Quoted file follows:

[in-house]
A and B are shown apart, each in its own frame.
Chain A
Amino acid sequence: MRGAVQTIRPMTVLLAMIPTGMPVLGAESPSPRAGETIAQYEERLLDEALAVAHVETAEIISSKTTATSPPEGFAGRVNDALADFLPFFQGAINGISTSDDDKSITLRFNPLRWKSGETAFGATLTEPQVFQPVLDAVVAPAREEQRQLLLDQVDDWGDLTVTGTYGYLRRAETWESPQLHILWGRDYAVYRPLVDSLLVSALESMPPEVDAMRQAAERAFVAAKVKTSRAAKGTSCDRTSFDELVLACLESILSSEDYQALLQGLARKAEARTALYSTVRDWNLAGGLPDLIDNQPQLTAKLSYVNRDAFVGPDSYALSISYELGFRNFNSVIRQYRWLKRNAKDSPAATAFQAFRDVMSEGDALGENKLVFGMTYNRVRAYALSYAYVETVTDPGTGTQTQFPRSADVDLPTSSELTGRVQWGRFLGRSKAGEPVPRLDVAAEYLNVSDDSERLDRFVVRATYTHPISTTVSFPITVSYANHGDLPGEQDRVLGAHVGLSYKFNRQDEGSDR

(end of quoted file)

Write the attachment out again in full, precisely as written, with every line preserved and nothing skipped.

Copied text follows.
[in-house]
A and B are shown apart, each in its own frame.
Chain A
Amino acid sequence: MRGAVQTIRPMTVLLAMIPTGMPVLGAESPSPRAGETIAQYEERLLDEALAVAHVETAEIISSKTTATSPPEGFAGRVNDALADFLPFFQGAINGISTSDDDKSITLRFNPLRWKSGETAFGATLTEPQVFQPVLDAVVAPAREEQRQLLLDQVDDWGDLTVTGTYGYLRRAETWESPQLHILWGRDYAVYRPLVDSLLVSALESMPPEVDAMRQAAERAFVAAKVKTSRAAKGTSCDRTSFDELVLACLESILSSEDYQALLQGLARKAEARTALYSTVRDWNLAGGLPDLIDNQPQLTAKLSYVNRDAFVGPDSYALSISYELGFRNFNSVIRQYRWLKRNAKDSPAATAFQAFRDVMSEGDALGENKLVFGMTYNRVRAYALSYAYVETVTDPGTGTQTQFPRSADVDLPTSSELTGRVQWGRFLGRSKAGEPVPRLDVAAEYLNVSDDSERLDRFVVRATYTHPISTTVSFPITVSYANHGDLPGEQDRVLGAHVGLSYKFNRQDEGSDR